Langlands correspondence and Bezrukavnikov's equivalence
Course given at the University of Sydney, first semester 2019.
A course in two parts:
1) an attempt to explain what the Langlands program is about from an arithmetical point of view;
2) affine Hecke algebras, Deligne-Langlands conjecture and Bezrukavnikov's equivalence.
Extended abstract and bibliography
Notes by Anna Romanova
(Anna's notes also contain a more complete bibliography for part 1 of the course.)
Below are hand-written notes and some handouts for the course, produced as it progressed.
Notes from Gus Lehrer's course last
semester on algebraic number theory.
Lecture 1: Introduction to reciprocity
Number of solutions handout for first lecture.
Lecture 2: Review of algebraic number theory
Degree 5 solutions handout for second lecture.
Lecture 3: Zeta function and L-functions
Excerpt from Mazur-Stein giving Riemann's approximations to the zeta function via more and more roots.
Lecture 4: (Gus' lecture, notes thanks to Bregje Pauwels) Artin L-functions
Lecture 5: (Gus' second lecture, notes thanks to Bregje Pauwels) Brauer's induction theorem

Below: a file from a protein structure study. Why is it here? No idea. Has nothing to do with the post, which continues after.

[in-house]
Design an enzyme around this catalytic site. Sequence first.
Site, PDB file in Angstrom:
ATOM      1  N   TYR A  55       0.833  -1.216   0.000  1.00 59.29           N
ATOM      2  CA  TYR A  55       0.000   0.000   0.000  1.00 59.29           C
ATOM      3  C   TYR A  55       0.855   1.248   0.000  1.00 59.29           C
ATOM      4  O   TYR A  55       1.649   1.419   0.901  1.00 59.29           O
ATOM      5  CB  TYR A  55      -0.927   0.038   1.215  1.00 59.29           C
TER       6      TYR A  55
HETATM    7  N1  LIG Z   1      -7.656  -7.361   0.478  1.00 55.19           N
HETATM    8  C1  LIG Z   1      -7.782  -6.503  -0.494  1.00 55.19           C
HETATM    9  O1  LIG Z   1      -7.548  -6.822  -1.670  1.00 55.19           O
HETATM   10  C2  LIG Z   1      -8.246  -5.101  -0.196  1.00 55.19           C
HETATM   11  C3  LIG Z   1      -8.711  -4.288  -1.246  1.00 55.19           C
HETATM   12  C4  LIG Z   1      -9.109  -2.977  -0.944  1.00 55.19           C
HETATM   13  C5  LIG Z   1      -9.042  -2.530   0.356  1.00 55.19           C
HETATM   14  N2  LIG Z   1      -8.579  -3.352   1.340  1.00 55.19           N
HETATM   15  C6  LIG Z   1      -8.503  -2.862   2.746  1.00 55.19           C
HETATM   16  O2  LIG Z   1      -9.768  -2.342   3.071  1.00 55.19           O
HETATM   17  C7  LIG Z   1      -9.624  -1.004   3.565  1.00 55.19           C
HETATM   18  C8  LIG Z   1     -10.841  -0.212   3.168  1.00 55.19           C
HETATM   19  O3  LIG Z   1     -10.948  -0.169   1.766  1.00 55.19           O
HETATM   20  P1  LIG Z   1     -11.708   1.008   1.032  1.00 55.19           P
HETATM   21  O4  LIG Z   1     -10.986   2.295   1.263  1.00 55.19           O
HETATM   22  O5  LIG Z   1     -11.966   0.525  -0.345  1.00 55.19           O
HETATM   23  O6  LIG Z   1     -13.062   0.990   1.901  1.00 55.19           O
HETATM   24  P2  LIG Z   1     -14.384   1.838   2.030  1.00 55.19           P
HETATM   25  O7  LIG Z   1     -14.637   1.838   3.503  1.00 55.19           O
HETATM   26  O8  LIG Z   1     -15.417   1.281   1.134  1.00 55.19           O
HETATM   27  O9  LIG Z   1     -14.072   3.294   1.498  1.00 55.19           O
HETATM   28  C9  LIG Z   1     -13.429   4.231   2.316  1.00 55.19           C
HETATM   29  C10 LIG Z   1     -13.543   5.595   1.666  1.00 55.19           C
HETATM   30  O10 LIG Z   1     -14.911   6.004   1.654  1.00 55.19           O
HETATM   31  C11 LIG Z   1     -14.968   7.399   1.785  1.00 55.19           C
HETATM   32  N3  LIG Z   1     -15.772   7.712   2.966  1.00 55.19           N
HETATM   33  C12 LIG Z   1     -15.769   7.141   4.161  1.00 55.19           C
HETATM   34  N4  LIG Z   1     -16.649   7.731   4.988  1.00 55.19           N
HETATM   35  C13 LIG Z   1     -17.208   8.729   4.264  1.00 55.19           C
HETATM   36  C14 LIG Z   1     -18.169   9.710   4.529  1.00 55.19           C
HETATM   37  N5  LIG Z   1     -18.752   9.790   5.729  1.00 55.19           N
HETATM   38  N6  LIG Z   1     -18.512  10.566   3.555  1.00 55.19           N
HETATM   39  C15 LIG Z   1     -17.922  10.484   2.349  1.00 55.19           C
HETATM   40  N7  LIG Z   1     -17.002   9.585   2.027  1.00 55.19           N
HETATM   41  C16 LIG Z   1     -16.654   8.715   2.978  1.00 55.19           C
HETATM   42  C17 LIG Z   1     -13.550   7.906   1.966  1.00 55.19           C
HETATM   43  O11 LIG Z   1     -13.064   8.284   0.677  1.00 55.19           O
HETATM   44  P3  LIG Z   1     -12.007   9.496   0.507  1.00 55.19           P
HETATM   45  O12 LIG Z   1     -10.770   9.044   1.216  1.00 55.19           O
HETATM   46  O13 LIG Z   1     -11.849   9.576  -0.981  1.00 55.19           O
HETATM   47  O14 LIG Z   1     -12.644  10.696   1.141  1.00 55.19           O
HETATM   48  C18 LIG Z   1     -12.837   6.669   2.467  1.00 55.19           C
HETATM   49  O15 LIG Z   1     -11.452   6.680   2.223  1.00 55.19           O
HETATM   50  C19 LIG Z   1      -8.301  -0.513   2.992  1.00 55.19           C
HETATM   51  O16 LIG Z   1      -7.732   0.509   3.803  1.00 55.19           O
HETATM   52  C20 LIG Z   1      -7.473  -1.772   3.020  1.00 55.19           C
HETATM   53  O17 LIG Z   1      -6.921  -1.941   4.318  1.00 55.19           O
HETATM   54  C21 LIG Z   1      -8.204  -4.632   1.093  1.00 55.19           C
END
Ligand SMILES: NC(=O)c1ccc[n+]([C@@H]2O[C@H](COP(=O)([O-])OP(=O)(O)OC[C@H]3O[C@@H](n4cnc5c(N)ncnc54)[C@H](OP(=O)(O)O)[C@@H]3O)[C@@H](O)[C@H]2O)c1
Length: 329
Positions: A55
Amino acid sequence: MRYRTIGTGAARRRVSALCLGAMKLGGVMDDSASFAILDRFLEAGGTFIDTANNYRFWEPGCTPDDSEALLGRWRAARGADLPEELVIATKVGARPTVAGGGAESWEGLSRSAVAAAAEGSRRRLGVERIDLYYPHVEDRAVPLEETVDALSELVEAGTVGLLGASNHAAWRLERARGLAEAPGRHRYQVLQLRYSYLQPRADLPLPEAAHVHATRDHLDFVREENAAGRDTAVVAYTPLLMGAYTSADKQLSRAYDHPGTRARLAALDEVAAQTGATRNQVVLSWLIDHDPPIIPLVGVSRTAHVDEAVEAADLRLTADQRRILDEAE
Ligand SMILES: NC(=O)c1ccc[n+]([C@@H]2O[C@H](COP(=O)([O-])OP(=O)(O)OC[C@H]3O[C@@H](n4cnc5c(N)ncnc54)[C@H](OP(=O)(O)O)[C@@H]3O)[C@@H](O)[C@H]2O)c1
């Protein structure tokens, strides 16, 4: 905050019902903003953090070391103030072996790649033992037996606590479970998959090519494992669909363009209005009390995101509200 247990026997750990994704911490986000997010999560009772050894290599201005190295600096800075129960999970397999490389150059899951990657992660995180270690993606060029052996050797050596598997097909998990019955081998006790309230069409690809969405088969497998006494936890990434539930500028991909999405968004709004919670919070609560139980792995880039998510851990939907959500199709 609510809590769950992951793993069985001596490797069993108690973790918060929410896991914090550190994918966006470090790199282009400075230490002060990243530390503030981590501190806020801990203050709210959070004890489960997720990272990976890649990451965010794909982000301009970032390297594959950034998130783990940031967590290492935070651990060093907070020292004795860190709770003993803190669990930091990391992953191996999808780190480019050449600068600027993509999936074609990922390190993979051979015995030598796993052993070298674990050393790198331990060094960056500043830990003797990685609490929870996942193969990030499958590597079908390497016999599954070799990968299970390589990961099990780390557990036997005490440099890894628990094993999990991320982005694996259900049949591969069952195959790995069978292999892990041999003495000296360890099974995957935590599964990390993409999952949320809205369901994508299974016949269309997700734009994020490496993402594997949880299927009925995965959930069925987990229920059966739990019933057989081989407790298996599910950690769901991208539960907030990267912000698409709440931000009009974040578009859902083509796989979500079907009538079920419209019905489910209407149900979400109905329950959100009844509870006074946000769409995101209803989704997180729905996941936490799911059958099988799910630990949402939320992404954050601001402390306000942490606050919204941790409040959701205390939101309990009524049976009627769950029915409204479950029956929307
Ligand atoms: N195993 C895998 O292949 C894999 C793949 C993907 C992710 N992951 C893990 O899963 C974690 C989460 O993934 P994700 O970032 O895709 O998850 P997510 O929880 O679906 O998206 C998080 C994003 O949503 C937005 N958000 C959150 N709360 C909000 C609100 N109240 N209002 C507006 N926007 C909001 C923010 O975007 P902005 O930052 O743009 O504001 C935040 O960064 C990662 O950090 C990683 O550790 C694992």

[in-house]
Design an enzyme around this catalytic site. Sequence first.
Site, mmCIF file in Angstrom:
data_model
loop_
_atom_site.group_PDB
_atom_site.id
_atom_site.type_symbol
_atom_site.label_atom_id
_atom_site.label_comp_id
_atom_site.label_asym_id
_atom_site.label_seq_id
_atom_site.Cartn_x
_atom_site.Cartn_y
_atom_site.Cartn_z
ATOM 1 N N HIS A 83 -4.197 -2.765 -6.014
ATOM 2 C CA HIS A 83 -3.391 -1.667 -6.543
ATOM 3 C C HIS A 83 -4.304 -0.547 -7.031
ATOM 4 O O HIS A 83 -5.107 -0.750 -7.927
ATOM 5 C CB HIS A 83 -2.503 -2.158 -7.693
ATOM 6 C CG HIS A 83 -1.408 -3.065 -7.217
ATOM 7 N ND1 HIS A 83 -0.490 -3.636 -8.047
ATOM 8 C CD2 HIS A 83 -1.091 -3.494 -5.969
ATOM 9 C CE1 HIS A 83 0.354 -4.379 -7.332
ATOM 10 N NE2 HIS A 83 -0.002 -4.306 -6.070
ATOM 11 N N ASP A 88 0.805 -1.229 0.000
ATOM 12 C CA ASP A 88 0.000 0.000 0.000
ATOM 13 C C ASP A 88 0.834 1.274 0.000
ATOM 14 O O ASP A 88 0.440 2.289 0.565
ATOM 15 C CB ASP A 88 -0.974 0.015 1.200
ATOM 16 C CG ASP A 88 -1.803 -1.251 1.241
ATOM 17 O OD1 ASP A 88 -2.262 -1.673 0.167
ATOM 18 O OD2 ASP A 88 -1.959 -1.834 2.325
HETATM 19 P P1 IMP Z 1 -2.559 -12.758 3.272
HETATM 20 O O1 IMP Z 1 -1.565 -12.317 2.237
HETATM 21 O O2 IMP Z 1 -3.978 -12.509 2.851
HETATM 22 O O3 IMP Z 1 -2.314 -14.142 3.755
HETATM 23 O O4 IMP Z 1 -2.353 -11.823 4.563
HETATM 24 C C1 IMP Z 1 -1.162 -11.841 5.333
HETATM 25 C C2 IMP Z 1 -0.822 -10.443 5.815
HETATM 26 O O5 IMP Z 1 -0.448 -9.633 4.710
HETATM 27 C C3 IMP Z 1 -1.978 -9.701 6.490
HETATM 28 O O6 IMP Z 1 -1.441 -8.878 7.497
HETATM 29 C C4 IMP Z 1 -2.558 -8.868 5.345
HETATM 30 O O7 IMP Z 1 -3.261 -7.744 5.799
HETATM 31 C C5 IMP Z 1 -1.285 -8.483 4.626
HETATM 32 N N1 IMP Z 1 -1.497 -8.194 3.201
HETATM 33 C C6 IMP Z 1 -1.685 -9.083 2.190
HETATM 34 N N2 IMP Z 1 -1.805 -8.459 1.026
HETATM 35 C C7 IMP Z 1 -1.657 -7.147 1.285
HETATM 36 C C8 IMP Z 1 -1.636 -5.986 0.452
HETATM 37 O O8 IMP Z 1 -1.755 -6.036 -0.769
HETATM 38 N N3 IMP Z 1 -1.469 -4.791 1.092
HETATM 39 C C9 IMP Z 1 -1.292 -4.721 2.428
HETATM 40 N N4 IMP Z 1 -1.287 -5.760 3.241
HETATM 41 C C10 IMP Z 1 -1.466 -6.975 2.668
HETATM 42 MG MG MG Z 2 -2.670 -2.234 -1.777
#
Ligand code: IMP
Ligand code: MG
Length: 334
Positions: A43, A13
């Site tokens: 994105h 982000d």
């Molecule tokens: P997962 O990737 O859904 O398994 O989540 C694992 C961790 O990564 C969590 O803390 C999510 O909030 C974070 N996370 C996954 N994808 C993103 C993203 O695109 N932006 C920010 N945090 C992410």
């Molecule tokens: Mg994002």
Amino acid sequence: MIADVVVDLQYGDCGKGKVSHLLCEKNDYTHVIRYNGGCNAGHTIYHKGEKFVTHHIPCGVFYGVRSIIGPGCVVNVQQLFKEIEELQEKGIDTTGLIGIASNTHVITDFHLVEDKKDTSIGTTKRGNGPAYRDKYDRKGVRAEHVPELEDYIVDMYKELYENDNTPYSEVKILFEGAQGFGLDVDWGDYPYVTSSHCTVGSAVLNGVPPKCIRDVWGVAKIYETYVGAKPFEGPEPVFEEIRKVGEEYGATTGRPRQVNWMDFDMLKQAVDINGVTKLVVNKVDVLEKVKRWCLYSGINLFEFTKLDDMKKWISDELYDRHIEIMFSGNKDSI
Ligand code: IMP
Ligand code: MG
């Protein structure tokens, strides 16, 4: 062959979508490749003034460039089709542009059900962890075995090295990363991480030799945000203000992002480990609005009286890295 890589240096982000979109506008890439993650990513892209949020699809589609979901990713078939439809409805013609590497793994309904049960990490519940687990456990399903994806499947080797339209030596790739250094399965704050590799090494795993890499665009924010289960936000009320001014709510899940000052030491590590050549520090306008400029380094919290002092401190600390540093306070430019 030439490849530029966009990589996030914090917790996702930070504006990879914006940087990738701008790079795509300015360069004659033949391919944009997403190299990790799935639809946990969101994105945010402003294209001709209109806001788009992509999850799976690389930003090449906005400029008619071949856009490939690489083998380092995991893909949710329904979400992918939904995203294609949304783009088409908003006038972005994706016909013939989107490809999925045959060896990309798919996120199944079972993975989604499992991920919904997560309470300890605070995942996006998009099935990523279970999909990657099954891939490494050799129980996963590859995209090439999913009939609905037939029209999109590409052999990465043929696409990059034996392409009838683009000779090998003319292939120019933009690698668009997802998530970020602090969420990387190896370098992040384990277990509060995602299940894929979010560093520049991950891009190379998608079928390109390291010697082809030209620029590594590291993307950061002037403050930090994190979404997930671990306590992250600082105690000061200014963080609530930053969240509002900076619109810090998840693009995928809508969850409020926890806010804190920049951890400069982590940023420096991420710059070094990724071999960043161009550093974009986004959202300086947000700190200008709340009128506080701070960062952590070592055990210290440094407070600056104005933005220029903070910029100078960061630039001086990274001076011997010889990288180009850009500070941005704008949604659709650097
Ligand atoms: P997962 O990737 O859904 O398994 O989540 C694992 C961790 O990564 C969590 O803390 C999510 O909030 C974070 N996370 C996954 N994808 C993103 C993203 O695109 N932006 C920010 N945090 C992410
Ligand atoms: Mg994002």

Lecture 6: Overview of the Sato-Tate conjecture
Example sheet of first 5000 primes for two curves.
From slides of a lecture by Ito containing a manuscript of Sato.
Lecture 7: Infinite Galois theory, overview of global class field theory (Artin's point of view).
Lecture 8: Structure of local Galois groups; local class field theory.
Two interesting historical accounts:
K. Conrad: History of class field theory.
K. Miyake: Takagi's Class Field Theory -- From where? and to where?
Lecture 9: Heuristic derivation of local Langlands for GL(2); basic rep theory of p-adic groups.
Lecture 10: Precise statement of local Langlands for GL(2) for p ≠ 2.
Lecture 11: Why is p = 2 special? Spherical representations and Satake isomorphism.
Lecture 12: Deligne-Langlands conjecture, affine Hecke algebras and Kazhdan-Lusztig equivalence, rough statement of Bezrukavnikov's equivalence.